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They heard about violent disorder, burglary, theft, threatening

:02:36.:02:40.

behaviour. Many of those appearing were juveniles and they included

:02:40.:02:45.

one year end -- 111 year-old child. This is police video of the 11

:02:45.:02:49.

year-old girl trying to smash windows in Nottingham. She pleaded

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guilty to criminal damage and has been referred to a youth offending

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panel. Their way -- there may well be economic and social reasons for

:03:02.:03:05.

these children coming out on to this treat but after that, it is

:03:05.:03:09.

claimed, a mob mentality can take over. The confidence exuded came

:03:09.:03:13.

from a sense of group and togetherness. As a group, we are

:03:13.:03:18.

stronger. That is something that essentially we need to address,

:03:18.:03:21.

that sense of being connected to way group which is much more for

:03:21.:03:25.

good than four Hamas was in this case. In the aftermath of the

:03:25.:03:34.

disturbances, many people are still due to appear before the courts.

:03:34.:03:37.

Traders in Leicester have decided to take their own tough stance

:03:37.:03:40.

against the troublemakers involved in last week's disturbances.

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Businesses in the city want to name and shame convicted offenders and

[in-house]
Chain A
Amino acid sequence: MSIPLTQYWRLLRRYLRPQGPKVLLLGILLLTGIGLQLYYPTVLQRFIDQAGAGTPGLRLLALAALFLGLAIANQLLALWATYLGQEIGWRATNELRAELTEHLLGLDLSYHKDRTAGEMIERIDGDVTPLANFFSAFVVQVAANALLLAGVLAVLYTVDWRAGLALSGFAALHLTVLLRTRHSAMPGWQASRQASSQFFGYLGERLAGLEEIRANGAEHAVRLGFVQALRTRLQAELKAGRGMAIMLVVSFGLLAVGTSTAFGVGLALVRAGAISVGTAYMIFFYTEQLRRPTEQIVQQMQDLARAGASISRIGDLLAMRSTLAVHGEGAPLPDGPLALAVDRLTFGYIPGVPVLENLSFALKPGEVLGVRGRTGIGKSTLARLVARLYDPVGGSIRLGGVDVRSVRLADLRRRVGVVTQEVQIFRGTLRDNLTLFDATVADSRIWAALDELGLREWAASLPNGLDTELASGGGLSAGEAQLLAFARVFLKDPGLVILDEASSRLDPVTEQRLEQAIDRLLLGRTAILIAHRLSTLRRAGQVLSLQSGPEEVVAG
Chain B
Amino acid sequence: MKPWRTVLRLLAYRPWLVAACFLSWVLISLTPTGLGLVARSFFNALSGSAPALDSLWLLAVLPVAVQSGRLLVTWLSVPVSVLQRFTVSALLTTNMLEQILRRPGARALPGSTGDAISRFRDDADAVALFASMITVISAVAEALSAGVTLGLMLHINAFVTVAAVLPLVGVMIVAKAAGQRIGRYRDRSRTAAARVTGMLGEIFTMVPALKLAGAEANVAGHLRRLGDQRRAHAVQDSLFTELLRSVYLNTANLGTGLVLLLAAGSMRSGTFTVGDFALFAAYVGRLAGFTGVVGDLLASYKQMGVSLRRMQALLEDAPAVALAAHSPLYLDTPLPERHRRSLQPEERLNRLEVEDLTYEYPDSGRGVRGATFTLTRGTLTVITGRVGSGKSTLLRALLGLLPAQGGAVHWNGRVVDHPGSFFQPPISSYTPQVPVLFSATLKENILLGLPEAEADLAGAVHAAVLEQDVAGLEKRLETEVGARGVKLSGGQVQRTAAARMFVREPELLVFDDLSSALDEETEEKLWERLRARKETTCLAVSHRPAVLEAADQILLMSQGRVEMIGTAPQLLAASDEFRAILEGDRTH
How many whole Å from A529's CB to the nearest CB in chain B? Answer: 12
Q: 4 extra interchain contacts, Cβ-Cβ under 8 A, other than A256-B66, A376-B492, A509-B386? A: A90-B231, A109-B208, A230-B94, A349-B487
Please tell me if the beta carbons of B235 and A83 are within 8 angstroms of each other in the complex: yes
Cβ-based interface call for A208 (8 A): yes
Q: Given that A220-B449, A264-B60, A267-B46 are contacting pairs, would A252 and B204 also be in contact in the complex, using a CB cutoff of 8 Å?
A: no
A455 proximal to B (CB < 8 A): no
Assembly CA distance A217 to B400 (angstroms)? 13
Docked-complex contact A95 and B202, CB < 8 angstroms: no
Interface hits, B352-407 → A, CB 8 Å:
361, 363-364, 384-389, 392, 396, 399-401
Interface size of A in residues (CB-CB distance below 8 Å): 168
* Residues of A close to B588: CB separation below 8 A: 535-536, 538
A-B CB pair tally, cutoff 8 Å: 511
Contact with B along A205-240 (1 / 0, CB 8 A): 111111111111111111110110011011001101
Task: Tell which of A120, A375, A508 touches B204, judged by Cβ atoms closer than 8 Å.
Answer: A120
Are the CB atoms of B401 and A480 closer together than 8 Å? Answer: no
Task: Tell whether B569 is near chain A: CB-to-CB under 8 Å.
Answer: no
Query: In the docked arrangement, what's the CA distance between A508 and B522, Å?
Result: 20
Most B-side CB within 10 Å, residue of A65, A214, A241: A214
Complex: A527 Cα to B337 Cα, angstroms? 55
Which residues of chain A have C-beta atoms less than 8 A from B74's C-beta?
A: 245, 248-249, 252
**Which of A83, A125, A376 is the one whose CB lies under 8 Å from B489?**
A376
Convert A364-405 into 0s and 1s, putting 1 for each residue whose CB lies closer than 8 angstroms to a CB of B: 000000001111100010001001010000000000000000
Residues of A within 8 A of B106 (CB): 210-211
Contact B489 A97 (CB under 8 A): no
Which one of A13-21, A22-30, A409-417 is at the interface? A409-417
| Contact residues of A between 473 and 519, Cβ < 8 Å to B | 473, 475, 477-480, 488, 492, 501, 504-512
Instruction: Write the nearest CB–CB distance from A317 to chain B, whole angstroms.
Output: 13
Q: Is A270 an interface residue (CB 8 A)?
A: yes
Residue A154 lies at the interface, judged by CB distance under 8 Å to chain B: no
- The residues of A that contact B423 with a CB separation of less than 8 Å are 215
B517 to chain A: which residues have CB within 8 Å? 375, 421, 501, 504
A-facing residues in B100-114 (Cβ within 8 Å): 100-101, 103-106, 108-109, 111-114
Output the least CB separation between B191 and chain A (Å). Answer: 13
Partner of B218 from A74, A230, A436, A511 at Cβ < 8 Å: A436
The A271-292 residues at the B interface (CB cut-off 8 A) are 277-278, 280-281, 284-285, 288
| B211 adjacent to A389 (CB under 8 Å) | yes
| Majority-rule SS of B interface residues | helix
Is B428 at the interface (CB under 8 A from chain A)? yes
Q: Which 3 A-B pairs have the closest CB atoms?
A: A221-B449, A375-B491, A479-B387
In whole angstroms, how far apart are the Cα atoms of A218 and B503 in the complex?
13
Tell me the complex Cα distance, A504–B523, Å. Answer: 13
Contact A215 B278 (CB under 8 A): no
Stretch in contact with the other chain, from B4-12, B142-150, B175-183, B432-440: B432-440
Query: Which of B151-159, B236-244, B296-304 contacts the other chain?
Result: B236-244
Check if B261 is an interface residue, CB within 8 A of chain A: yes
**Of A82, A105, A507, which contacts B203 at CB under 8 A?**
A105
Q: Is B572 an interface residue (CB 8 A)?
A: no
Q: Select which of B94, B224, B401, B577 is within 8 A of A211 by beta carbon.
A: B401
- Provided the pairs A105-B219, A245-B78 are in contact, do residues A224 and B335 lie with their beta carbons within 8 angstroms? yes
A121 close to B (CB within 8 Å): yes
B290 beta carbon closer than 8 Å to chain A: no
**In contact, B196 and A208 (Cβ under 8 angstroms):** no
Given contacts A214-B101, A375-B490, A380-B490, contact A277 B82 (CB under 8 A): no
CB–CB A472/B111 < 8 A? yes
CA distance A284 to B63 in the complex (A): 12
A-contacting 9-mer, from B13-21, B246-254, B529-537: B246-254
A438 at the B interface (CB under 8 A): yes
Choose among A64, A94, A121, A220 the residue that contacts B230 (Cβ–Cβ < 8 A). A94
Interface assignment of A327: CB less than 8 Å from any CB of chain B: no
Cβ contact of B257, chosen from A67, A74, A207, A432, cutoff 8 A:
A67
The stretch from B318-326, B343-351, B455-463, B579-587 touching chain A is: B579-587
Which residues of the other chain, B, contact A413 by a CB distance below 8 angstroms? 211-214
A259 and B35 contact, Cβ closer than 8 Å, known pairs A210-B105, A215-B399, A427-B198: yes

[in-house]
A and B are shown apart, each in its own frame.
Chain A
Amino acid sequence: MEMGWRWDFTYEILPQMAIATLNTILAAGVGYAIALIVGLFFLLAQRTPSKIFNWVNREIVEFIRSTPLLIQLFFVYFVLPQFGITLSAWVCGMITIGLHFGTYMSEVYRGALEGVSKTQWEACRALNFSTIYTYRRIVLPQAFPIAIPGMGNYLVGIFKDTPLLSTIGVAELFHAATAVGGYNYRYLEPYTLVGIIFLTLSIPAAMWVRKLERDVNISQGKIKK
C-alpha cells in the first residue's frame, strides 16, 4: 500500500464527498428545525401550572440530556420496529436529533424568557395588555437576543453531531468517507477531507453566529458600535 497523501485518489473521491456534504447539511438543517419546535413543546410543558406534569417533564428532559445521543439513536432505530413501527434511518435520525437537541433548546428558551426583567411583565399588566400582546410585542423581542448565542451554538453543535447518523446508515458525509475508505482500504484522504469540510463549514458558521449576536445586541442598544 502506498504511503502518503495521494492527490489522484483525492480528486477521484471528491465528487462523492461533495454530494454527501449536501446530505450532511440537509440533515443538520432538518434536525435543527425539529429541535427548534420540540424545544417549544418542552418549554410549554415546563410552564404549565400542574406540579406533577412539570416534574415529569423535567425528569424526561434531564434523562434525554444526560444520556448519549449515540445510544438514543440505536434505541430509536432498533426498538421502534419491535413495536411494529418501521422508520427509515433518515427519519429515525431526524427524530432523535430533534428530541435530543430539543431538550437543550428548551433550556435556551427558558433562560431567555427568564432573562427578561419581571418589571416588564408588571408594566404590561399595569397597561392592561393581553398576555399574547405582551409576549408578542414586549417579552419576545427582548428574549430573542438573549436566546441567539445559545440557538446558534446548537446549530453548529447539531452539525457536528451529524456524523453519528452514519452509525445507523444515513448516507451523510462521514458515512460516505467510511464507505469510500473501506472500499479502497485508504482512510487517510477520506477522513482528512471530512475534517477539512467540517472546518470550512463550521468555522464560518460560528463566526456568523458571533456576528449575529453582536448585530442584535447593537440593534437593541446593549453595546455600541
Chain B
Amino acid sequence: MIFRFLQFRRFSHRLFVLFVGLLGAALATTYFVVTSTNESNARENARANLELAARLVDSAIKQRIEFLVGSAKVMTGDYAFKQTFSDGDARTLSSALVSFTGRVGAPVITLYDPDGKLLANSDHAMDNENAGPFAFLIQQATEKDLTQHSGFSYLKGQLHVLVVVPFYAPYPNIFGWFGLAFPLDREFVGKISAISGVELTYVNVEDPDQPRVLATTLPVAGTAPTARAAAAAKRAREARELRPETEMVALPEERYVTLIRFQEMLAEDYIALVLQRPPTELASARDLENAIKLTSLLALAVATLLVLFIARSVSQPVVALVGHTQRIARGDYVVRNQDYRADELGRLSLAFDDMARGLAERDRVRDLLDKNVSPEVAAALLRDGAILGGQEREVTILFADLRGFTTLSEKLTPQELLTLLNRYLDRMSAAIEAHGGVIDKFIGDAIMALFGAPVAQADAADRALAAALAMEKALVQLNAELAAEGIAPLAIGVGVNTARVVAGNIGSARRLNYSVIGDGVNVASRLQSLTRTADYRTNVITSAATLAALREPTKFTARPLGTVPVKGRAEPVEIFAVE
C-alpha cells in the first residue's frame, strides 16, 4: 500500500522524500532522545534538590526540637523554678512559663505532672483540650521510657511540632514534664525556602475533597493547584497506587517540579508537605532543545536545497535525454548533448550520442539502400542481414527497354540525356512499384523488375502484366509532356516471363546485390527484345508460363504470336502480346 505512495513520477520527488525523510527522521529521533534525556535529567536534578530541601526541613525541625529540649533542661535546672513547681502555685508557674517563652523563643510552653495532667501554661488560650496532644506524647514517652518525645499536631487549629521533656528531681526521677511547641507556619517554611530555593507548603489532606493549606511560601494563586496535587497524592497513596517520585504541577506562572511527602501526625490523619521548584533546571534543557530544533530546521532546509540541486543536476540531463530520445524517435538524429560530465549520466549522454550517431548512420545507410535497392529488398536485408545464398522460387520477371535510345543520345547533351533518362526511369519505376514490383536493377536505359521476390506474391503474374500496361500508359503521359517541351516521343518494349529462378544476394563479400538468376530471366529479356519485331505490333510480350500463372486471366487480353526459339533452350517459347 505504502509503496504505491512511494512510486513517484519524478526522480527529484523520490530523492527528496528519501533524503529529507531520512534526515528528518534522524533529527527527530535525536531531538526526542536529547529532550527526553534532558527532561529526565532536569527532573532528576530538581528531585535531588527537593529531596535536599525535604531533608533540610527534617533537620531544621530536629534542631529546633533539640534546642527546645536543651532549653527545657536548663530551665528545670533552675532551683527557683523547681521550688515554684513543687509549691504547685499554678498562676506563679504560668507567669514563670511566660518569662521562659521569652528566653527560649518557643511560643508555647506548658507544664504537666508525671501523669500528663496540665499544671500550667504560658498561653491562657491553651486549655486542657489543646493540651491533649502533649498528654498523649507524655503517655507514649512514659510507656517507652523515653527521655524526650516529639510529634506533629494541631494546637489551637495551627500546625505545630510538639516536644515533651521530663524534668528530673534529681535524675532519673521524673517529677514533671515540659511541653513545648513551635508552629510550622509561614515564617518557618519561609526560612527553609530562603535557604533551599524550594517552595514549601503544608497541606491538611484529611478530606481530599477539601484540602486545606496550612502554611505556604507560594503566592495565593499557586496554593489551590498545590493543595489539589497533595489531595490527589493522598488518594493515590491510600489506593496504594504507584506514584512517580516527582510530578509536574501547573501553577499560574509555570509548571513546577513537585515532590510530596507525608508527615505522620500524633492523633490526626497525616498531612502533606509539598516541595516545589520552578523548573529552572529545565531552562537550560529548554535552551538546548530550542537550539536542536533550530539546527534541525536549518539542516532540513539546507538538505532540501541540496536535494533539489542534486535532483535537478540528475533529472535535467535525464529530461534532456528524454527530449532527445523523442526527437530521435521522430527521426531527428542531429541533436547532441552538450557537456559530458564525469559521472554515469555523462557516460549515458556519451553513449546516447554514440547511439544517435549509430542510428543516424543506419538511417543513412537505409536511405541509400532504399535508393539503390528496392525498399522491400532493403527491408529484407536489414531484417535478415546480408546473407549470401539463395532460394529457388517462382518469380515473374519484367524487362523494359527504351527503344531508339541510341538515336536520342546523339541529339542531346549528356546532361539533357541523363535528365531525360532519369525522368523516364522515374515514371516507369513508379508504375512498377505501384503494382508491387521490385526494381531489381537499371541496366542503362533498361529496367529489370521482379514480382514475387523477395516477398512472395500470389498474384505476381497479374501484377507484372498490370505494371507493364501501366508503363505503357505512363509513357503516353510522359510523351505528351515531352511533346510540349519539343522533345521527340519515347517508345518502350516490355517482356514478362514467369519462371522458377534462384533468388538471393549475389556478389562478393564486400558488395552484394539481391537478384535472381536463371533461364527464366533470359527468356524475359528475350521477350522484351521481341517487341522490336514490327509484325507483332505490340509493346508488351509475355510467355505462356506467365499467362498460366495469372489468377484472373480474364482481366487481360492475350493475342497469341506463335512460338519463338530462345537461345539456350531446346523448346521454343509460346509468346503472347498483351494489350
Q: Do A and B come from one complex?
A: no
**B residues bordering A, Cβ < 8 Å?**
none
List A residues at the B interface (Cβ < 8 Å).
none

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ban them from their premises. Victoria Hicks is there for us

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tonight. Good evening. It is great to be

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back in Leicester city centre and to see it busy and vibrant again.

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But traders here are not being complacent. They are calling for

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the police to pass on information about convicted offenders and

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photographs to enable them to ban them from their premises. They are

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part of an organisation which aims to fight crime in last a.

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-- been at Leicester. When you are being dealt with at court, you

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might get a short sentence but when you get out, you will not be

:04:25.:04:28.

allowed into our members' premises for two years. In some cases, you

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will not be allowed in our members' premises... What we are talking

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about here is civil action. A bar or restaurant has the power to ban